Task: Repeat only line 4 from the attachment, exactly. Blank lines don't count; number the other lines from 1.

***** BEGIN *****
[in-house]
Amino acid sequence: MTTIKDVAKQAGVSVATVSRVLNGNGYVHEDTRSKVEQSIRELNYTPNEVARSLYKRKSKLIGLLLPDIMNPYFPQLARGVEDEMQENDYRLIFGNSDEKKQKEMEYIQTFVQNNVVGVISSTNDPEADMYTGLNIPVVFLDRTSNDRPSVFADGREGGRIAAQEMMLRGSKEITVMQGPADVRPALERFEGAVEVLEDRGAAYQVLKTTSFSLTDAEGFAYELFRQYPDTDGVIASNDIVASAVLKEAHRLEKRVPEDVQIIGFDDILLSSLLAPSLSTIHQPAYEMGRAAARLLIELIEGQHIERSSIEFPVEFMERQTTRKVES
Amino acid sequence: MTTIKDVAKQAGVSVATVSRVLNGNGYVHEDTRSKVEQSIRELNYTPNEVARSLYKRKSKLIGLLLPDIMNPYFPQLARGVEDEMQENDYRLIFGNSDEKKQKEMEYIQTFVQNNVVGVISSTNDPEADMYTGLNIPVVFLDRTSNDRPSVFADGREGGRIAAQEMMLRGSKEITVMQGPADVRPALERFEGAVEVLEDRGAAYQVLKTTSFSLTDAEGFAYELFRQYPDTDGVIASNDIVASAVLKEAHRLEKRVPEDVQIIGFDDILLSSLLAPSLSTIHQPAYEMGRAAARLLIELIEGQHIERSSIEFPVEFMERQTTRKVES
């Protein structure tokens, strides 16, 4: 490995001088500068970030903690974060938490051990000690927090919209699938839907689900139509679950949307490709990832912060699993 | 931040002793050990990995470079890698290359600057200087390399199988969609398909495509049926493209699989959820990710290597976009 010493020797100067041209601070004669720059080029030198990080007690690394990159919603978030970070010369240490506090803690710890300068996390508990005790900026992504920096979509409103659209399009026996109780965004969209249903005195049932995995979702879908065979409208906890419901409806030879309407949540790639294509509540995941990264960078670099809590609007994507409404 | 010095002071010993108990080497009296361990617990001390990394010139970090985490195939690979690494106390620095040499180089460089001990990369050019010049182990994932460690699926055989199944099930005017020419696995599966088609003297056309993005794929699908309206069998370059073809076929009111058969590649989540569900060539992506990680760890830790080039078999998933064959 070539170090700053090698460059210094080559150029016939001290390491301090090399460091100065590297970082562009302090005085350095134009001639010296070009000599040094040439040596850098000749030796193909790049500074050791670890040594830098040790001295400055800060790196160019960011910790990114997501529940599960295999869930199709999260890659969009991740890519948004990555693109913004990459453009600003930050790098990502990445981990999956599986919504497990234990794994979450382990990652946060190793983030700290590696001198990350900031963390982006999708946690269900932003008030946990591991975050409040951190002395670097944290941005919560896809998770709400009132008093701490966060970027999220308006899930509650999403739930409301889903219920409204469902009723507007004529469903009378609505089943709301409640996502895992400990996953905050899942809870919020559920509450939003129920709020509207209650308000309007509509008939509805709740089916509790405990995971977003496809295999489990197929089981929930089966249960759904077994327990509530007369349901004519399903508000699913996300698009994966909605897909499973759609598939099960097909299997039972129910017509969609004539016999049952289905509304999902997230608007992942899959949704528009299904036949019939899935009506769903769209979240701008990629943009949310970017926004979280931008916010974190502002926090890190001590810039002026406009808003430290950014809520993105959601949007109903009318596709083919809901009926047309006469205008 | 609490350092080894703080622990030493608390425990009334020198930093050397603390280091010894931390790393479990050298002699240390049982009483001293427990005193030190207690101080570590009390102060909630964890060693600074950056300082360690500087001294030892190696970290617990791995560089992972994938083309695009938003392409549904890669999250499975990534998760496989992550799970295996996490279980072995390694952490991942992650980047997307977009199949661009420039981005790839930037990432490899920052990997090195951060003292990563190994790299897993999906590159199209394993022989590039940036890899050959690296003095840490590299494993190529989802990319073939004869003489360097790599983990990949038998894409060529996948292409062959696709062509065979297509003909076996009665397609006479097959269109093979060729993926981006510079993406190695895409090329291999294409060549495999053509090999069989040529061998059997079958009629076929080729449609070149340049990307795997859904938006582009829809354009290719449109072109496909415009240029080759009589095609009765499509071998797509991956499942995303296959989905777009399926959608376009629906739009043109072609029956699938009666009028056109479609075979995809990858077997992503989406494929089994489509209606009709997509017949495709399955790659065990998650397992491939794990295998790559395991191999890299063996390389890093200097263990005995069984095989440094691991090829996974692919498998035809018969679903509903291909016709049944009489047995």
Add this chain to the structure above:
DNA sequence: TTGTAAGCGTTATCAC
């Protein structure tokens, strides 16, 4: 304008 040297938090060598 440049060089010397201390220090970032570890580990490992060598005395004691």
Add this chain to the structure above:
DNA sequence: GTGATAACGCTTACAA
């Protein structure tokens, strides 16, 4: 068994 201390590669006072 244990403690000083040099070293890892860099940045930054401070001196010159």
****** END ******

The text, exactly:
């Protein structure tokens, strides 16, 4: 490995001088500068970030903690974060938490051990000690927090919209699938839907689900139509679950949307490709990832912060699993 | 931040002793050990990995470079890698290359600057200087390399199988969609398909495509049926493209699989959820990710290597976009 010493020797100067041209601070004669720059080029030198990080007690690394990159919603978030970070010369240490506090803690710890300068996390508990005790900026992504920096979509409103659209399009026996109780965004969209249903005195049932995995979702879908065979409208906890419901409806030879309407949540790639294509509540995941990264960078670099809590609007994507409404 | 010095002071010993108990080497009296361990617990001390990394010139970090985490195939690979690494106390620095040499180089460089001990990369050019010049182990994932460690699926055989199944099930005017020419696995599966088609003297056309993005794929699908309206069998370059073809076929009111058969590649989540569900060539992506990680760890830790080039078999998933064959 070539170090700053090698460059210094080559150029016939001290390491301090090399460091100065590297970082562009302090005085350095134009001639010296070009000599040094040439040596850098000749030796193909790049500074050791670890040594830098040790001295400055800060790196160019960011910790990114997501529940599960295999869930199709999260890659969009991740890519948004990555693109913004990459453009600003930050790098990502990445981990999956599986919504497990234990794994979450382990990652946060190793983030700290590696001198990350900031963390982006999708946690269900932003008030946990591991975050409040951190002395670097944290941005919560896809998770709400009132008093701490966060970027999220308006899930509650999403739930409301889903219920409204469902009723507007004529469903009378609505089943709301409640996502895992400990996953905050899942809870919020559920509450939003129920709020509207209650308000309007509509008939509805709740089916509790405990995971977003496809295999489990197929089981929930089966249960759904077994327990509530007369349901004519399903508000699913996300698009994966909605897909499973759609598939099960097909299997039972129910017509969609004539016999049952289905509304999902997230608007992942899959949704528009299904036949019939899935009506769903769209979240701008990629943009949310970017926004979280931008916010974190502002926090890190001590810039002026406009808003430290950014809520993105959601949007109903009318596709083919809901009926047309006469205008 | 609490350092080894703080622990030493608390425990009334020198930093050397603390280091010894931390790393479990050298002699240390049982009483001293427990005193030190207690101080570590009390102060909630964890060693600074950056300082360690500087001294030892190696970290617990791995560089992972994938083309695009938003392409549904890669999250499975990534998760496989992550799970295996996490279980072995390694952490991942992650980047997307977009199949661009420039981005790839930037990432490899920052990997090195951060003292990563190994790299897993999906590159199209394993022989590039940036890899050959690296003095840490590299494993190529989802990319073939004869003489360097790599983990990949038998894409060529996948292409062959696709062509065979297509003909076996009665397609006479097959269109093979060729993926981006510079993406190695895409090329291999294409060549495999053509090999069989040529061998059997079958009629076929080729449609070149340049990307795997859904938006582009829809354009290719449109072109496909415009240029080759009589095609009765499509071998797509991956499942995303296959989905777009399926959608376009629906739009043109072609029956699938009666009028056109479609075979995809990858077997992503989406494929089994489509209606009709997509017949495709399955790659065990998650397992491939794990295998790559395991191999890299063996390389890093200097263990005995069984095989440094691991090829996974692919498998035809018969679903509903291909016709049944009489047995």